LaPolice nominated for coach of year
By JIM BENDER, QMI Agency
|Winnipeg Blue Bombers head coach Paul LaPolie. (ANDRE FORGET/QMI Agency)
WINNIPEG - It sure looks like his nomination as CFL Coach of the Year will translate into at least a contract extension for Winnipeg's Paul LaPolice.
And who's to argue? The turnaround season that he headed has already led to new pacts for both GM Joe Mack and quarterback Buck Pierce.
"Joe and I have had talks about that," the Blue Bombers mentor admitted Thursday.
LaPolice led the Bombers from a 4-14 season where he suffered growing pains as a first-time CFL head coach, to a first-place finish in the East at 10-8 and an appearance in the Grey Cup, which they lost to the B.C. Lions.
"I think it was first time first (place) in over 10 years (2001) and I think that's a big part of it because Montreal had locked down the East for a number of years, and for us to break that logjam was a big thing," LaPolice said.
"There's a lot of pressure in that East Final. We faced a team (Hamilton) that was not supposed to win. We had all the pressure, we had a sellout crowd and we responded well and played a great game there to get to the Grey Cup so, a lot of things happened great this year."
Not that he's taking all the credit for it.
"Any award as coach of the year is more of a team award than anything," said LaPolice, 41. "I'm very honoured to represent our support staff, the players and the coaches that I've worked with because, without them, I'm not standing here with that nomination. So, the players did a tremendous job this year, the coaches did a tremendous job. I tried to keep them on the right bus and get them there and certainly, a name we haven't mentioned for a while that should be raised was coach (Richard) Harris as part of our emotional journey, too. We always want to remember him after what we went through last year."
Harris, of course, died as the result of a heart attack during the season and was not replaced, nor did anyone take over his office.
Also nominated for the award were Lions' head man Wally Buono, who will likely be named the winner in Toronto on March 2, and Edmonton's Kavis Reid.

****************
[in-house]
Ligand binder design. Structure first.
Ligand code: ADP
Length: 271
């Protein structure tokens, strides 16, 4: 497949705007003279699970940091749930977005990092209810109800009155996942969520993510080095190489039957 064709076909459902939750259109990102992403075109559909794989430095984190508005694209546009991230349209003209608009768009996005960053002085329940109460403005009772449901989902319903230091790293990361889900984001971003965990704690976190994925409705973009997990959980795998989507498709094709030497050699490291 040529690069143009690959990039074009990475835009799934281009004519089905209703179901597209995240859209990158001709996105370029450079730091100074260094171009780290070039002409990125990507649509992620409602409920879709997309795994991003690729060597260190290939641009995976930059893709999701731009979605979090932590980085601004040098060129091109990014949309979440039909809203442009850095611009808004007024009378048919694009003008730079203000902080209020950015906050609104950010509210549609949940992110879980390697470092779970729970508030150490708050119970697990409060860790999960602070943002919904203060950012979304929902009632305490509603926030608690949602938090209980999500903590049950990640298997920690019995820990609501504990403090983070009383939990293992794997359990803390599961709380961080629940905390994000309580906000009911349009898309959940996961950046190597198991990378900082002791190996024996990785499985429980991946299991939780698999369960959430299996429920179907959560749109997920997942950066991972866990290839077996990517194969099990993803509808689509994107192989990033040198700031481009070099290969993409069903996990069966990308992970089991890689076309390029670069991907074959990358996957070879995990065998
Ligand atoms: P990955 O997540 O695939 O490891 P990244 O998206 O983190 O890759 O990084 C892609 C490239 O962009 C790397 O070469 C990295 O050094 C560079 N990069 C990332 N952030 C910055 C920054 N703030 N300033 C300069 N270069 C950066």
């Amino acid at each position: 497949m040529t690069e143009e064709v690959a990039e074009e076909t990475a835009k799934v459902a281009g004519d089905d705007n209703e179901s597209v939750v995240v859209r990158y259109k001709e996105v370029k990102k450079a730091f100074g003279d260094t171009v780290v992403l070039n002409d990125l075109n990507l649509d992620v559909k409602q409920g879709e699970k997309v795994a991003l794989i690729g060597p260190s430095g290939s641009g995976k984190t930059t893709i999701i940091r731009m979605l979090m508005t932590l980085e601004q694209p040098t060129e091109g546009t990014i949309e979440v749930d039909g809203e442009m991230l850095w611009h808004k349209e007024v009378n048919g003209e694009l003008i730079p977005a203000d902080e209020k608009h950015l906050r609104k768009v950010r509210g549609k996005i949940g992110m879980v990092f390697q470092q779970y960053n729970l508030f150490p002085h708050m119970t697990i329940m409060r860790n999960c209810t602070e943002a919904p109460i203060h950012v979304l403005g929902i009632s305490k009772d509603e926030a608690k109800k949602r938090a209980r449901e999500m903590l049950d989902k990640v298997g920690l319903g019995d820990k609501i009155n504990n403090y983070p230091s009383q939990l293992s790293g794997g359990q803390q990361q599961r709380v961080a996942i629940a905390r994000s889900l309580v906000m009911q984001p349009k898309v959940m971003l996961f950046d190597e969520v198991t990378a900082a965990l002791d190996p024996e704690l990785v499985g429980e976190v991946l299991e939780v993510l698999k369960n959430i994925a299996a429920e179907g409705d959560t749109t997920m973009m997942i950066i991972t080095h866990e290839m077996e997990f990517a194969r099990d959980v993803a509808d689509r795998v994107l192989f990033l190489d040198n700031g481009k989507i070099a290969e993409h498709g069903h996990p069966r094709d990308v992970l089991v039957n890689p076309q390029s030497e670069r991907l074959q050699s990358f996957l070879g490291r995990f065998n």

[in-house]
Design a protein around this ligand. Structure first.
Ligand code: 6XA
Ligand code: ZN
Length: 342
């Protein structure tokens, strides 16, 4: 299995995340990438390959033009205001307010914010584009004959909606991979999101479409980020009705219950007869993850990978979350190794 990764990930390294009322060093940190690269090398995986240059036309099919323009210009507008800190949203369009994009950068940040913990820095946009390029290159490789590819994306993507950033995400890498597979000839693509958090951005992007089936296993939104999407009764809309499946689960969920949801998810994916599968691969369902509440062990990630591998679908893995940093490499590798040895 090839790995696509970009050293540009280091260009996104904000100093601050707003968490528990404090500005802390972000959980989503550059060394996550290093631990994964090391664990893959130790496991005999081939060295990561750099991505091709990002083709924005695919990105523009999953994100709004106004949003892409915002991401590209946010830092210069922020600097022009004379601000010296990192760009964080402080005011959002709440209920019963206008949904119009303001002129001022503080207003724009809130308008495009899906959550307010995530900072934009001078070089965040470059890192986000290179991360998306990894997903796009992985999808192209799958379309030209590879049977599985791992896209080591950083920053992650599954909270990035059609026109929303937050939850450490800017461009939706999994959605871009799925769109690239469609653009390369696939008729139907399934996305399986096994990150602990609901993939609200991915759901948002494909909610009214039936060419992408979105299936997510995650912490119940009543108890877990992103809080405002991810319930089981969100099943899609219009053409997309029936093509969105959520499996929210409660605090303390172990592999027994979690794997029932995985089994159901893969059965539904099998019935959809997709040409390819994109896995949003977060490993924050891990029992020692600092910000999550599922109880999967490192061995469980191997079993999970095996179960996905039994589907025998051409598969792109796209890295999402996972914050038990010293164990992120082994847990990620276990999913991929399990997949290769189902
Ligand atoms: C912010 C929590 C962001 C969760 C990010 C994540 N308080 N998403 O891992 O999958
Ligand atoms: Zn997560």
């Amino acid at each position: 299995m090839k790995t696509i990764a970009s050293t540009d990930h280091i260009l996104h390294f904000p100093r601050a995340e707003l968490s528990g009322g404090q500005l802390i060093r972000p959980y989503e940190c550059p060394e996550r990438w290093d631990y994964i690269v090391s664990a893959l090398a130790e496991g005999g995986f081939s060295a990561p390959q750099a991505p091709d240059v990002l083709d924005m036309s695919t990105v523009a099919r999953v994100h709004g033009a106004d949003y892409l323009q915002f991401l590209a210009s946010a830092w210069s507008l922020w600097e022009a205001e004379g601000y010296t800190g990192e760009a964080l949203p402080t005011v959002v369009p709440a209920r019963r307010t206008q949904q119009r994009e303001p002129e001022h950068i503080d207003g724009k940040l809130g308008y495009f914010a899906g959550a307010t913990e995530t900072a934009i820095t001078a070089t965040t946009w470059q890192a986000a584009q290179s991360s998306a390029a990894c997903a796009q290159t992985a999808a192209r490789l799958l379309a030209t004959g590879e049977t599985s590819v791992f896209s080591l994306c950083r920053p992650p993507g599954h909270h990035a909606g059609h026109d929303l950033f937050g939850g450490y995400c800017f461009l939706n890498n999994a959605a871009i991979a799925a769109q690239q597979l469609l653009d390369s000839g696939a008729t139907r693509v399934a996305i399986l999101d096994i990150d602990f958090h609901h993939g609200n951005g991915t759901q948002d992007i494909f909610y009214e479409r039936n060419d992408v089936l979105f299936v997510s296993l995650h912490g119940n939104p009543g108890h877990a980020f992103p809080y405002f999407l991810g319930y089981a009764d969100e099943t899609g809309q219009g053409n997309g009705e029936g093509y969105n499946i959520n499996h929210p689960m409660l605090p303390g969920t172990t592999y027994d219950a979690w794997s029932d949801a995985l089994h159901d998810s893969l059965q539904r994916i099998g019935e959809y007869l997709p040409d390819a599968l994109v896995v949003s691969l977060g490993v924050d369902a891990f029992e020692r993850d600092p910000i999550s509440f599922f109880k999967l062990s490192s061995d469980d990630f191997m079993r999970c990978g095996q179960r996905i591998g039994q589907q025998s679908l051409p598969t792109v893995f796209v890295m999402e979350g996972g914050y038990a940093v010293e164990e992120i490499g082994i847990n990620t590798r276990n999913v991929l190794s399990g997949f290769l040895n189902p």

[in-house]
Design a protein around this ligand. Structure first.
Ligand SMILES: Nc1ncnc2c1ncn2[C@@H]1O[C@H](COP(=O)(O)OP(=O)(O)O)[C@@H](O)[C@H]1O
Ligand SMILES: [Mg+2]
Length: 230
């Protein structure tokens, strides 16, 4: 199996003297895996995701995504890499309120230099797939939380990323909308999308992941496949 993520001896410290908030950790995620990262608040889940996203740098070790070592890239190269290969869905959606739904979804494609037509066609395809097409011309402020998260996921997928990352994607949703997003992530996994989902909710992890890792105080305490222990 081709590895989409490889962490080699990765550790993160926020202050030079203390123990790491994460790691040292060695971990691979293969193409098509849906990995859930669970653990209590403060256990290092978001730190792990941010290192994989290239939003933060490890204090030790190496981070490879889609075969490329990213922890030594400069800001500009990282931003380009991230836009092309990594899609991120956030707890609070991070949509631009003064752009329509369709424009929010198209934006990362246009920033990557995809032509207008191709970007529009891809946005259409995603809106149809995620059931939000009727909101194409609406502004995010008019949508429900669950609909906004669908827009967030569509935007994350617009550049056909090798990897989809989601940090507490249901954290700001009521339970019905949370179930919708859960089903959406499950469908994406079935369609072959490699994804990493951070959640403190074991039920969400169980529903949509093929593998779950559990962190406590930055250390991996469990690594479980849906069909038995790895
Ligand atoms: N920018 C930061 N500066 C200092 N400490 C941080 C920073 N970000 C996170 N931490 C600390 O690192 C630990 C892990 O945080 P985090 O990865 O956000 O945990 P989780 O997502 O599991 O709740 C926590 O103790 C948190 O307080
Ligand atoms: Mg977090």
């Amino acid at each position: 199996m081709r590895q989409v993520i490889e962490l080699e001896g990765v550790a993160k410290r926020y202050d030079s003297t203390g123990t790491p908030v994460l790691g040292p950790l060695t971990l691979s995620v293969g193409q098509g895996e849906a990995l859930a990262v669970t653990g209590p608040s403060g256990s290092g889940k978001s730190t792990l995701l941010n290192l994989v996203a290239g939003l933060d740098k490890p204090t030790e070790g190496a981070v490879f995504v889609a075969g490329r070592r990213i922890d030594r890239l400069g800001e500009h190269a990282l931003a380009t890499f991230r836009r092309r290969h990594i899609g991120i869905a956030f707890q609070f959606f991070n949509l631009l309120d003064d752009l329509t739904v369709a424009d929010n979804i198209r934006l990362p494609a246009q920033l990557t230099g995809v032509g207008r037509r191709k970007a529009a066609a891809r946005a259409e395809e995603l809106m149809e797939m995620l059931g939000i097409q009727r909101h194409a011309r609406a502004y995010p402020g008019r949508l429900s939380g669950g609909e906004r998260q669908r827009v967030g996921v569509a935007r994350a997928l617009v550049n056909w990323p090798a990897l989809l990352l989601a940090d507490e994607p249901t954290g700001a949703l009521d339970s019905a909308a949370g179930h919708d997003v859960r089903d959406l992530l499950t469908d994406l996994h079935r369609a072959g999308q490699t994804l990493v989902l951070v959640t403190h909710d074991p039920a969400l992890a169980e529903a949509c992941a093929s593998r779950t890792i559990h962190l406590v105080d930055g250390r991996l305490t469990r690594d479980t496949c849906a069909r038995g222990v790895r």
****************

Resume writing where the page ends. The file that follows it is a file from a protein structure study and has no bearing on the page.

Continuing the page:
"Going against Wally Buono and Kavis Reid, they are both very deserving men and I'm just kind of flattered by the (nomination)," LaPolice said.
But he is not about to rest on his laurels. LaPolice has already fired offensive co-ordinator Jamie Barresi, and hired Gary Crowton to replace him. LaPolice is also willing to allow Crowton to call the offensive plays.
"Before we talk about the growth (as head coach), it's a yearly thing," LaPolice said. "We have to understand that you have to start fresh. You have to get better each year. If you don't get better, somebody (else) will. I think that's the first thing that I've always concentrated on. I think we've grown and I think I've probably been a little bit more patient. I'm trying to communicate more with the players as much as possible to make sure we're all on the same page. I think I'm better at managing the roster, I think I'm better at making decisions on the field."
LaPolice, who, is the first Bombers coach to be nominated as Coach of Year since Dave Ritchie won in 2001.
LaPolice has already started working on how the team can get better, particularly the offence, and has gotten involved in trying to convince some of the free agents to return to the fold.
"This year, going to the Grey Cup will not have any bearing on what goes forward," he said. "So, we have to have an understanding that it's harder to win games this year and we have to get ready to do that. So, that's the message to the players and that's the message I believe in."